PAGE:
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Movember Remembers 'Missing Fathers' This Father's Day

Working with Weber Shandwick, Movember created 'Missing Father's Day Cards' to highlight the thousands of men lost to poor health in the UK

By Emma Vernon

To celebrate Father’s Day this Sunday, men’s health charity Movember has created a brand-new set of seven ‘Missing Father’s Day’ cards in a new cross-channel campaign to shine a light on the thousands of men lost to poor health and the families impacted by it. 

Men’s poor health can have a long-lasting and profound impact on those around them.  And a man’s death can deeply impact all those who knew them.

That’s why this Father’s Day, to challenge perceptions of men’s health and move towards a more open and supportive culture, Movember is launching a campaign outside of it’s well-known fund-raising month of November, With a set of commemorative cards, featuring poems and illustrations, based on real stories of real fathers who have gone too soon.

The seven cards feature a short poem and drawing based on families’ favourite memories and stories of their fathers, devised and written by Weber Shandwick, with illustrations by Andrew Rae. Remembering the fathers of Beth Jones, Gareth Cox, Harry Cleary, Stevie Scott, Georgie Padley, Katy Martins, and Will Castle, the cards feature illustrations of them playing the drums on the sofa, crabbing in Devon and singing concerts in cars. 

In 2019, Stevie Scott lost her dad to prostate cancer. Known for his selflessness and putting himself above others; speaking about the impact her dad had, Stevie said: “He was such a family-orientated man, who would do anything for my sister, mum and I. The way he lived has made me value people and appreciate my family but also the importance of speaking to others about ones health and taking action on it.”

At the age of only 54, Will Castle’s dad took his own life. To Will, his dad had always seemed indestructible and didn’t make his struggles known. “We all need to check in on those we care about, tell them you love them and make sure they are not alone. However bad things seem, suicide is never the answer and speaking about it could save their life.”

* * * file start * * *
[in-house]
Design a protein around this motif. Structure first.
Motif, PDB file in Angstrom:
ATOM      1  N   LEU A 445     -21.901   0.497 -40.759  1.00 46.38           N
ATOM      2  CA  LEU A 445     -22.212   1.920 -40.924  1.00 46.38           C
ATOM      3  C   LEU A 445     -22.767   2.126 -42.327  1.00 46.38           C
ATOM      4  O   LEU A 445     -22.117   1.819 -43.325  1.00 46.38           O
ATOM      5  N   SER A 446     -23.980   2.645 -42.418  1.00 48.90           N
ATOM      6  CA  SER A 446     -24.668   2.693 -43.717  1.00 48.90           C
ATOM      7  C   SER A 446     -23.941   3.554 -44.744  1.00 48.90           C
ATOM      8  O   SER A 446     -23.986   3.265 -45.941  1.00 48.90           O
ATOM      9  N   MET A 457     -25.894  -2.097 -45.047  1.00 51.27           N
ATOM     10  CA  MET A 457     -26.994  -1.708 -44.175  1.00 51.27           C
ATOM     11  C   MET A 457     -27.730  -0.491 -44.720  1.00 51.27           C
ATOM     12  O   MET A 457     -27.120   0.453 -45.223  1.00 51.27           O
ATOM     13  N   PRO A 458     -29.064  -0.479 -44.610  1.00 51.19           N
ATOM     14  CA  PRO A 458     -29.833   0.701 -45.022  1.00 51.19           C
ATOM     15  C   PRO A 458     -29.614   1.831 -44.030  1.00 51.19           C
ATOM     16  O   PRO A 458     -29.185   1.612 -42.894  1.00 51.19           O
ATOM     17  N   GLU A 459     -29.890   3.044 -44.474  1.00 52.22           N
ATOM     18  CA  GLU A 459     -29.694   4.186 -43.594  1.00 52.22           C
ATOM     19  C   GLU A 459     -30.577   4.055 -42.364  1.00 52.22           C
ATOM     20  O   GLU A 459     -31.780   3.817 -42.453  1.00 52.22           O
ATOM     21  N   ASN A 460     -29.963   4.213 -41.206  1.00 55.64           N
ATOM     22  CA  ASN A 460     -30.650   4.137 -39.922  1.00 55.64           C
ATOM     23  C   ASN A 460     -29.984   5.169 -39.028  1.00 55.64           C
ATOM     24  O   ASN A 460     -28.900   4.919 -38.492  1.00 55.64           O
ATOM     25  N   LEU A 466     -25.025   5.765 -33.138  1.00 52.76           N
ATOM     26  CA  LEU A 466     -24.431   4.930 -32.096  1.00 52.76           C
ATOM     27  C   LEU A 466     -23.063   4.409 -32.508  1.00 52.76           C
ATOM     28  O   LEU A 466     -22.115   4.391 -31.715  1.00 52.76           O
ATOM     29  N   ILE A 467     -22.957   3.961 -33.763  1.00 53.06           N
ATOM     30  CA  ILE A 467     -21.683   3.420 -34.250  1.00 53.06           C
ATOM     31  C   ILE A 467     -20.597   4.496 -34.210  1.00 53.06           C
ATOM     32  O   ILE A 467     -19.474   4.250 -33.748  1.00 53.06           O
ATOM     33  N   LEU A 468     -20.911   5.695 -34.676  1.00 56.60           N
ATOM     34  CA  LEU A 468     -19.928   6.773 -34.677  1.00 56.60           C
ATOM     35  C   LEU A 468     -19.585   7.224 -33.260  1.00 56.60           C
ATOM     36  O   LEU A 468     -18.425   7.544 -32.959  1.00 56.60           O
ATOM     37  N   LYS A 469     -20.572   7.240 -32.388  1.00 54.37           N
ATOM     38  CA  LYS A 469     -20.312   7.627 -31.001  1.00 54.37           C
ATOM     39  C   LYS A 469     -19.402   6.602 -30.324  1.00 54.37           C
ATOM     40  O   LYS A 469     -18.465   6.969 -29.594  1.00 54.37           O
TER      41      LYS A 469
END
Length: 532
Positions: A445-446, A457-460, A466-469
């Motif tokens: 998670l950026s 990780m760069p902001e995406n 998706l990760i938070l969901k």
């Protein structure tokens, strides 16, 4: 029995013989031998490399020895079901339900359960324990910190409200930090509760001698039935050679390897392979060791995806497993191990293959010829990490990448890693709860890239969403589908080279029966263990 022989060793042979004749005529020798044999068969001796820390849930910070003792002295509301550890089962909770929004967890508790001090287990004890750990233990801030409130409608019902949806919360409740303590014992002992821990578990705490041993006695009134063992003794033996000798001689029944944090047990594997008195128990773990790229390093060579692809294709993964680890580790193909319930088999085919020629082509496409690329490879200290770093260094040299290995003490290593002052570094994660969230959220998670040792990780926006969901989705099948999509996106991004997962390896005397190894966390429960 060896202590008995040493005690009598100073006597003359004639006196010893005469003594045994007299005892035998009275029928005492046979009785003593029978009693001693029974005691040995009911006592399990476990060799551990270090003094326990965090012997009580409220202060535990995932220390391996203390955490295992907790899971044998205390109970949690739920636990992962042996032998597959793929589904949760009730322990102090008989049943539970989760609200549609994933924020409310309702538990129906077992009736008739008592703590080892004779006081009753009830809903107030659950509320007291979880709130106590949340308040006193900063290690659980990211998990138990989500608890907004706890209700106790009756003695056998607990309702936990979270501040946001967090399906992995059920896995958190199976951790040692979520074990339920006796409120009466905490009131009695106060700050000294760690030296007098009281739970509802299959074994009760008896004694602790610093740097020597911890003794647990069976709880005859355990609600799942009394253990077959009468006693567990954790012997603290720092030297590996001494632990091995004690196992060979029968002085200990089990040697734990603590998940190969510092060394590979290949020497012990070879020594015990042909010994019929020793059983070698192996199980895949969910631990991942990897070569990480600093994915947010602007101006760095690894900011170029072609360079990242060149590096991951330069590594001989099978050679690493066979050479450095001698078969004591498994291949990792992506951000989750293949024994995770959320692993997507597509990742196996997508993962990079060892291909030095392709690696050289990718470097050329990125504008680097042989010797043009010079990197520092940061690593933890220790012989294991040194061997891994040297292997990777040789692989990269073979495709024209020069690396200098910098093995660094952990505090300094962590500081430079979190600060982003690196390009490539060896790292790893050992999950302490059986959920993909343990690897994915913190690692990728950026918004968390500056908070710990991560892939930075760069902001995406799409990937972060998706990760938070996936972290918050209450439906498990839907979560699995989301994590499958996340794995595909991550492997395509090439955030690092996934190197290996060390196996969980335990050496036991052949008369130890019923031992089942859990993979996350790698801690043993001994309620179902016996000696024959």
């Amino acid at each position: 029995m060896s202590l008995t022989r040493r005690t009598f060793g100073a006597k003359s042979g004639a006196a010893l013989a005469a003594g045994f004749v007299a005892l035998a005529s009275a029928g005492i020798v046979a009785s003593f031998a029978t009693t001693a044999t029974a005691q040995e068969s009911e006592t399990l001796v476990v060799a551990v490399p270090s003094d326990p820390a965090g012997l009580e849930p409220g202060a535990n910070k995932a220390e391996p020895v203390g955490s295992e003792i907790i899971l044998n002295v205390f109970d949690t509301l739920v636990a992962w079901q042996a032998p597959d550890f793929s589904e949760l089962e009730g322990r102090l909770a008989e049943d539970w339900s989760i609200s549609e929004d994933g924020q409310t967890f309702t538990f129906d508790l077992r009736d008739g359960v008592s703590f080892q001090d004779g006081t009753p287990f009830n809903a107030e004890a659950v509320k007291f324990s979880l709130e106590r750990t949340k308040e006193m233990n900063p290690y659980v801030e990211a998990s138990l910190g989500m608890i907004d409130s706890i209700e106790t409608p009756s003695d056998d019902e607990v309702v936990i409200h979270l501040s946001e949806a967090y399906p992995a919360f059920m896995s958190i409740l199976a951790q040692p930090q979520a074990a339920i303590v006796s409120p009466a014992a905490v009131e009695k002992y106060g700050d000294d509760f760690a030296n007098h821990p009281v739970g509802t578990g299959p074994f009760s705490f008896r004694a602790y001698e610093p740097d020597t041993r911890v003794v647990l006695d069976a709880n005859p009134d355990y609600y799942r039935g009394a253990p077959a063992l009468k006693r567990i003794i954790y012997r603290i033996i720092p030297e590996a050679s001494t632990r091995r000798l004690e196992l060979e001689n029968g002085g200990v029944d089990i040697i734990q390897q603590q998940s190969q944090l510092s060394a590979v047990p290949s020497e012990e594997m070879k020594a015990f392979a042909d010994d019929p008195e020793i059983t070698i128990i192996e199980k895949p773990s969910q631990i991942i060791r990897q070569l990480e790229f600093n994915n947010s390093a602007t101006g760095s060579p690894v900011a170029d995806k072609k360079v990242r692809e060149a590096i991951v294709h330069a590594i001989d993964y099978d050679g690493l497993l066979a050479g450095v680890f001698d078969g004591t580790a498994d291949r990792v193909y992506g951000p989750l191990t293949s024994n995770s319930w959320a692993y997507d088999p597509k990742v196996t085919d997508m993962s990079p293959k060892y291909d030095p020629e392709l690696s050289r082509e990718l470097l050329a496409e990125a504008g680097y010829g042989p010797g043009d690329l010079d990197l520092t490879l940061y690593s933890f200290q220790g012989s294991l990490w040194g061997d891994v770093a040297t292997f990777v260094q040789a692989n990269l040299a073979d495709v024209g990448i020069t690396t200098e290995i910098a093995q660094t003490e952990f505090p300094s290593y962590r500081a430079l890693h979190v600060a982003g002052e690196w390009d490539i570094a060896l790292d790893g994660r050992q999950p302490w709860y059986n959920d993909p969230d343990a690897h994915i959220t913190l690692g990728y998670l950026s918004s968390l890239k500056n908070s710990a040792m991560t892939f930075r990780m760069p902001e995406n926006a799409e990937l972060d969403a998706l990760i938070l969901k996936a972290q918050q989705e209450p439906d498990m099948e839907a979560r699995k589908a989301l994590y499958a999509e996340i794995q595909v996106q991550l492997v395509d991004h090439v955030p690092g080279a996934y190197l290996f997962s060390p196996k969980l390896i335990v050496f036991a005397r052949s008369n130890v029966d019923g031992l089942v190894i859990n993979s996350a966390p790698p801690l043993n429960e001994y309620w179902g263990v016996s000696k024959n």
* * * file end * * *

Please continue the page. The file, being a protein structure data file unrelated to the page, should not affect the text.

With a significant percentage (68 percent) of people celebrating Father’s Day by giving cards or buying gifts*, it can also be a challenging time for many.

Almost 2 in 5 (39 per cent) male deaths happen prematurely, before 75 years of age, equating to over 133,000 men across the UK who died too young, over 2.500 a week. This comes despite advancements in healthcare, with the UK is one of only two G7 countries where male life expectancy has decreased since 2012 New research commissioned by the men’s health charity also found that less than a third (29 per cent) speak about health and wellbeing with their fathers, despite the positive impact they have on people's lives, with their top ways to describe them being funny (33 per cent), understanding (34 per cent), and caring (30 per cent)*.

To dispel the culture of silence surrounding men's health and the need to have more open conversations about our health and support our fathers, Movember is sharing the stories in its latest campaign through earned media, paid media partnerships and social, with supporting influencers, to help change the face of men’s health.

Michelle Terry, CEO of Movember, said: “We’d like to thank all the families that contributed to the cards for their strength and courage in stepping forward and sharing their heartfelt stories. Because behind every poem and illustration is a tragic story of loss and despair that touches family, friends, and communities which is mirrored thousands of times over up and down the country. 

There has long been a misconception and stigma surrounding men’s health that has held people back from seeking help when it’s needed. And at a time when men’s health is taking a worrying dip against a backdrop of economic and social unrest, urgent collective action is needed to make men’s health a national priority, and for the next government to put this issue front and centre of their plans if we are to holt the unacceptable decline.”


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